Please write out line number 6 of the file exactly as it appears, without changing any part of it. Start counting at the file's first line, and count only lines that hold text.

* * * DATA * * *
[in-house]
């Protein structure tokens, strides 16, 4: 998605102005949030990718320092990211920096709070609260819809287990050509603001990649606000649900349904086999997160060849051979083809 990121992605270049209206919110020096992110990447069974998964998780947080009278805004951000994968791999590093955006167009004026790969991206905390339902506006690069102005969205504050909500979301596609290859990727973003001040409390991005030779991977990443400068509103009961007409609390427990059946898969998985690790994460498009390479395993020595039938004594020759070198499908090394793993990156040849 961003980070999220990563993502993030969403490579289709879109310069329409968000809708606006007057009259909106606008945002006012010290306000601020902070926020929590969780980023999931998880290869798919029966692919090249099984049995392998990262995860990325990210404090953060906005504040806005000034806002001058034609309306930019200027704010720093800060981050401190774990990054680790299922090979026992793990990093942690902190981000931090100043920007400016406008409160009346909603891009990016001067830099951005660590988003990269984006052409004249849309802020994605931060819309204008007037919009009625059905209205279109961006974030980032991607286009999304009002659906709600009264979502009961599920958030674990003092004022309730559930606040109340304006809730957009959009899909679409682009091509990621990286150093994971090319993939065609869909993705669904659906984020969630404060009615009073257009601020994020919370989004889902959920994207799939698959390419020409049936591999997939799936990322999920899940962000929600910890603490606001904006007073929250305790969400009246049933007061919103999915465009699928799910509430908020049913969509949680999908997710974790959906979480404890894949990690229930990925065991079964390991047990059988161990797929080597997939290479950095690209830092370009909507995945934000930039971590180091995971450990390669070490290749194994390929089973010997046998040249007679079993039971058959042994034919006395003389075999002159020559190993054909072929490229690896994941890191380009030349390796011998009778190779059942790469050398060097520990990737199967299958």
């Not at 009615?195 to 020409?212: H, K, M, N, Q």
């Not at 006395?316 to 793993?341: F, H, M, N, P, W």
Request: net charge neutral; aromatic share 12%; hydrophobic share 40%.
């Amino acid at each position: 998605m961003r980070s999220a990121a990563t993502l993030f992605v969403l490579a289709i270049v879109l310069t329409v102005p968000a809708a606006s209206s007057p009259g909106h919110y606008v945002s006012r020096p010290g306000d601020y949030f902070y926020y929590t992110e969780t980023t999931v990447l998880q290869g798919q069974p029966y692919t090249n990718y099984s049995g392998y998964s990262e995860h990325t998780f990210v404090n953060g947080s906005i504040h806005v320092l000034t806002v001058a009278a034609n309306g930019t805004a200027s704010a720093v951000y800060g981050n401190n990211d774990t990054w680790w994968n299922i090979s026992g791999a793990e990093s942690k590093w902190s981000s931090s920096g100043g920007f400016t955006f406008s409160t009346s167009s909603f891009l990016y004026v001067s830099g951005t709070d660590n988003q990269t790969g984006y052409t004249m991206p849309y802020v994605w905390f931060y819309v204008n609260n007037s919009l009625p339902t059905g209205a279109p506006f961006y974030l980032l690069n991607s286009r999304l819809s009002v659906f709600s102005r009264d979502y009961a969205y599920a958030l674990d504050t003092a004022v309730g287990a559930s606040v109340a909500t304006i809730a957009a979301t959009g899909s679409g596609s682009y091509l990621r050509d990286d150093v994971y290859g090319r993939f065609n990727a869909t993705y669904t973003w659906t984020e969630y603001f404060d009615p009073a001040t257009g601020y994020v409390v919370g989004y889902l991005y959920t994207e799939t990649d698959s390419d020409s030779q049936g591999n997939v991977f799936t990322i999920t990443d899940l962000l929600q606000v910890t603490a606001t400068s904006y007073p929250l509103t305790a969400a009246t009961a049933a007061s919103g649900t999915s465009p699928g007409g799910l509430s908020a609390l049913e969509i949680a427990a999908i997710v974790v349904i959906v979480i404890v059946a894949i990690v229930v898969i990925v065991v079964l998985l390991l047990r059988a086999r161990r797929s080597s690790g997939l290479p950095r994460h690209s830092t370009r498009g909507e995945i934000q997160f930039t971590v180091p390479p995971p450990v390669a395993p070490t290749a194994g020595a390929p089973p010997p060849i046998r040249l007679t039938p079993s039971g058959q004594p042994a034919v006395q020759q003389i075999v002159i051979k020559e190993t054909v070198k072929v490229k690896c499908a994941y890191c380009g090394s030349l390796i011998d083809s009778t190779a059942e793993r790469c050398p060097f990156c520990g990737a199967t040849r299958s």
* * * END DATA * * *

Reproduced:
């Amino acid at each position: 998605m961003r980070s999220a990121a990563t993502l993030f992605v969403l490579a289709i270049v879109l310069t329409v102005p968000a809708a606006s209206s007057p009259g909106h919110y606008v945002s006012r020096p010290g306000d601020y949030f902070y926020y929590t992110e969780t980023t999931v990447l998880q290869g798919q069974p029966y692919t090249n990718y099984s049995g392998y998964s990262e995860h990325t998780f990210v404090n953060g947080s906005i504040h806005v320092l000034t806002v001058a009278a034609n309306g930019t805004a200027s704010a720093v951000y800060g981050n401190n990211d774990t990054w680790w994968n299922i090979s026992g791999a793990e990093s942690k590093w902190s981000s931090s920096g100043g920007f400016t955006f406008s409160t009346s167009s909603f891009l990016y004026v001067s830099g951005t709070d660590n988003q990269t790969g984006y052409t004249m991206p849309y802020v994605w905390f931060y819309v204008n609260n007037s919009l009625p339902t059905g209205a279109p506006f961006y974030l980032l690069n991607s286009r999304l819809s009002v659906f709600s102005r009264d979502y009961a969205y599920a958030l674990d504050t003092a004022v309730g287990a559930s606040v109340a909500t304006i809730a957009a979301t959009g899909s679409g596609s682009y091509l990621r050509d990286d150093v994971y290859g090319r993939f065609n990727a869909t993705y669904t973003w659906t984020e969630y603001f404060d009615p009073a001040t257009g601020y994020v409390v919370g989004y889902l991005y959920t994207e799939t990649d698959s390419d020409s030779q049936g591999n997939v991977f799936t990322i999920t990443d899940l962000l929600q606000v910890t603490a606001t400068s904006y007073p929250l509103t305790a969400a009246t009961a049933a007061s919103g649900t999915s465009p699928g007409g799910l509430s908020a609390l049913e969509i949680a427990a999908i997710v974790v349904i959906v979480i404890v059946a894949i990690v229930v898969i990925v065991v079964l998985l390991l047990r059988a086999r161990r797929s080597s690790g997939l290479p950095r994460h690209s830092t370009r498009g909507e995945i934000q997160f930039t971590v180091p390479p995971p450990v390669a395993p070490t290749a194994g020595a390929p089973p010997p060849i046998r040249l007679t039938p079993s039971g058959q004594p042994a034919v006395q020759q003389i075999v002159i051979k020559e190993t054909v070198k072929v490229k690896c499908a994941y890191c380009g090394s030349l390796i011998d083809s009778t190779a059942e793993r790469c050398p060097f990156c520990g990737a199967t040849r299958s």